Robie is an artist who loves sharing what she has learned about art and painting in the hope that it might help other creatives.
Microsoft Paint is one of the basic software that come already installed when you purchase a PC.
It’s a simple digital graphic tool that can become very useful for basic image editing and for creating digital drawings and color images.
Drawing a Daisy on MS Paint
To showcase how to draw using shape tools or free hand in Microsoft Paint, we'll create a simple design: a daisy. The main shapes of a daisy are a round circle in the middle and oval-like petals.
We will use the oval tool to draw the center and the curve tool to draw the petals.
Open the Program Paint
A standard blank canvas will open and at the top you can see all the tools useful for drawing and painting.
Changing Canvas Size in Microsoft Paint
To Change the canvas size Click on “Resize”.
A Pop up window will open, and you can type the new values in percentage of the original, or in pixels.
The option of maintaining the ratio between height and width is automatically selected.
If you want to change only one of the two dimensions, deselect “Maintain aspect ratio”.
Drawing the Center of the Daisy
You can draw a daisy (or anything else) using shape tools or free hand.
First we’ll use the shape tools, making a circle for the center of the daisy.
- Select the oval shape by clicking on it.
- Click on Outline and from the drop-down menu select “Solid Color”.
- Click on Fill and select “Solid color”.
- Click on Size and select the thickness of the line outline.
- Draw by clicking and dragging.
- To move the whole shape you can use your arrow keys or drag it with your mouse.
My circle has an orange outline and it's fille with yellow.
Color 1 is the fill color: select yellow.
Color 2 is the line color, select orange.
Start drawing by clicking with your cursor where you want your circle to start, and dragging - don't release the click until you are happy with the shape.
Release the click when you are happy with the shape.
After you release your click you see your circle surrounded by a square. That means that you can still move it around or change the size.
To change the size or the proportions you have to click on one of the little squares on the perimeter (handles) and drag it.
Drawing the Petals
Select the Curve line tool. This line will draw straight at first, but you can click on parts of it and stretch it making it assume curvy shapes.
To make each petal draw a short segment of the curve along the circumference, then click about at 1/3 of the segment and drag it up. You’ll get a pointy shape. Then click down the longest side of the point and drag to make the oval of the petal.
Since this shape cannot be filled automatically, because it is only a line, you can fill quickly using the Shape Fill tool that looks like a bucket.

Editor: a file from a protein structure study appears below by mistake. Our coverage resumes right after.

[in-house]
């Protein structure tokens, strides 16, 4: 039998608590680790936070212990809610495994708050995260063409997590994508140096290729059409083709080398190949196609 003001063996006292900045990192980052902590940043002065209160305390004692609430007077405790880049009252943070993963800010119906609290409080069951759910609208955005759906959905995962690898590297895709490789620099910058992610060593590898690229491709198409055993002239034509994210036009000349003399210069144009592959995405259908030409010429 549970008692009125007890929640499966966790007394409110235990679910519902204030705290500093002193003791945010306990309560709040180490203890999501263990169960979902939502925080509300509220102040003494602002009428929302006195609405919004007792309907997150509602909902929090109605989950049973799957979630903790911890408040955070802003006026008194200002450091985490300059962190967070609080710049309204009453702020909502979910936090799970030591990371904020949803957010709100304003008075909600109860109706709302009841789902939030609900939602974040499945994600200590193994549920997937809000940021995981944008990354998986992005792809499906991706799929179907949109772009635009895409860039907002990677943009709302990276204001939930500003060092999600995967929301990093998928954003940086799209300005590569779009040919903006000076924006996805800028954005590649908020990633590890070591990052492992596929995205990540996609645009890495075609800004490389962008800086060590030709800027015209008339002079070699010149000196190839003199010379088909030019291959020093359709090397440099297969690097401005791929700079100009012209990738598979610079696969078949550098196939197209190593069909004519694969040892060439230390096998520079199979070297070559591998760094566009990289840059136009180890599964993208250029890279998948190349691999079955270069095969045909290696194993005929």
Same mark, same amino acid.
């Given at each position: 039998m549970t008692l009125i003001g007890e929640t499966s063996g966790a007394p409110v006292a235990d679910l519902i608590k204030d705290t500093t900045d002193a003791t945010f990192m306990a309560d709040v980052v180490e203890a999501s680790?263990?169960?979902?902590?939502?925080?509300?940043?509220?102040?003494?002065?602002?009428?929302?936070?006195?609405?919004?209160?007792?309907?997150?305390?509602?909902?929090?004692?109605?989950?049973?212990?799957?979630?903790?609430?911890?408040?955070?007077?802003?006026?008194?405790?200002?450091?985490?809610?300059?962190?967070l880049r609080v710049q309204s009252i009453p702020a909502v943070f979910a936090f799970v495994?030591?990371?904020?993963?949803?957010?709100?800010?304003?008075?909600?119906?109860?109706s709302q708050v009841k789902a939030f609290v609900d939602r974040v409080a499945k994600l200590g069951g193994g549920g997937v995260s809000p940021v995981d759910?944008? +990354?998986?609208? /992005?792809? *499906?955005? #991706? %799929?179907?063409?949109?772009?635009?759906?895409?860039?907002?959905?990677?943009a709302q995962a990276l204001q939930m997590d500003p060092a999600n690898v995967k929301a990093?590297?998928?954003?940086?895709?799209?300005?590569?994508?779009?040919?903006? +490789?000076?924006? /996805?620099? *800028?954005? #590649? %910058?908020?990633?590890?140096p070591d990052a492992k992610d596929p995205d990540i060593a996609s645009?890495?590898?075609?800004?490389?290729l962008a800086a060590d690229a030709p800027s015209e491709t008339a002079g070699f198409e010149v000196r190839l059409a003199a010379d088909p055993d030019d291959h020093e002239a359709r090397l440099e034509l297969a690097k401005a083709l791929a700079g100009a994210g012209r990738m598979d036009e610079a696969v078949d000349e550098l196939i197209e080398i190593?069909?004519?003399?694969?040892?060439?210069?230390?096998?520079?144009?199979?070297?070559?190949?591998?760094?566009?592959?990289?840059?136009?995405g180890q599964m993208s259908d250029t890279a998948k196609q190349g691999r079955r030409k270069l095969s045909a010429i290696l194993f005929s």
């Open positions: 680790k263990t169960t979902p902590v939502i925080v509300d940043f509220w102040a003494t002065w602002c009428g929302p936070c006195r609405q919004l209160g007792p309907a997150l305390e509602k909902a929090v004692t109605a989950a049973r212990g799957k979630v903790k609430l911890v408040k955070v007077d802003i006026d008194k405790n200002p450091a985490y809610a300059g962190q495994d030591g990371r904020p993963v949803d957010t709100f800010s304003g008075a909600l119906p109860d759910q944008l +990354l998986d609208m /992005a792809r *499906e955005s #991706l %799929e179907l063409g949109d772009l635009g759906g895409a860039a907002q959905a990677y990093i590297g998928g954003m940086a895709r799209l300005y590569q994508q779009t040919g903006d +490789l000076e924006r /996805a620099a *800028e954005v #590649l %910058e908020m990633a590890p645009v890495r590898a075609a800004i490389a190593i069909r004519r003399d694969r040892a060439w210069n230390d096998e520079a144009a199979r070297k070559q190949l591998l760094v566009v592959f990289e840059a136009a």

Drawing a Daisy in Microsoft Paint
Using the Shape Fill Tool
When you draw a shape like square, arrow, heart, etc. you can specify how you want your outline and your fill to look.
- Select the shape you want to use.
- Select Color 1 and pick a color for the outline.
- Select Color 2 and pick a color for the filling.
You can pick how thick you want the line to be by selecting size and one of the available thickness settings.
Filling With the Bucket Tool
The bucket tool fills the whole shape with one color.
- Select the bucket icon.
- Select the color you want.
- Click on a shape and see how it automatically fills.
In the image below, I filled with the bucket tool the blue shapes. Notice how you can still see some of the blue pixels around the edges. To avoid that double edge effect, start from a shape that is one color.
Drawing Free Hand in Microsoft Paint
An alternative, and more immediate way to draw in Microsoft paint is free hand using the brush tool.
You get to pick your brush type: brush, calligraphy brush1 or 2, airbrush, oil brush, crayon, marker, natural pencil, watercolor brush.
You also pick your stroke thickness: 1px, 3px, 5px, or 8px, and of course you pick your color.
Move the brush with your mouse, click and drag to draw.
Of course, free hand drawing will have lines less straight and perfect that using shapes, but that can add more personality to your drawing.
The daisy below has been drown free hand using the oil brush tool.
This content is accurate and true to the best of the author’s knowledge and is not meant to substitute for formal and individualized advice from a qualified professional.
© 2013 Robie Benve
Robie Benve (author) from Ohio on February 01, 2013:
Thanks tirelesstraveler, I hope you had fun with it! :)
Robie Benve (author) from Ohio on January 30, 2013:
Hi Carol, that's exactly how I got to use MS Paint very often nowadays, to create illustrations for hubs when I don't have or find a suitable photo. This relatively simple program can come pretty handy! Thanks for your support. :)
Judy Specht from California on January 28, 2013:
What fun. I will take a try at it, I need something creative tonight.
carol stanley from Arizona on January 28, 2013:
I know this is all pretty cool but I still like the real canvas and paper..but this does have an important place particularly for doing illustrations for our hubs. Voting up and sharing and pinning.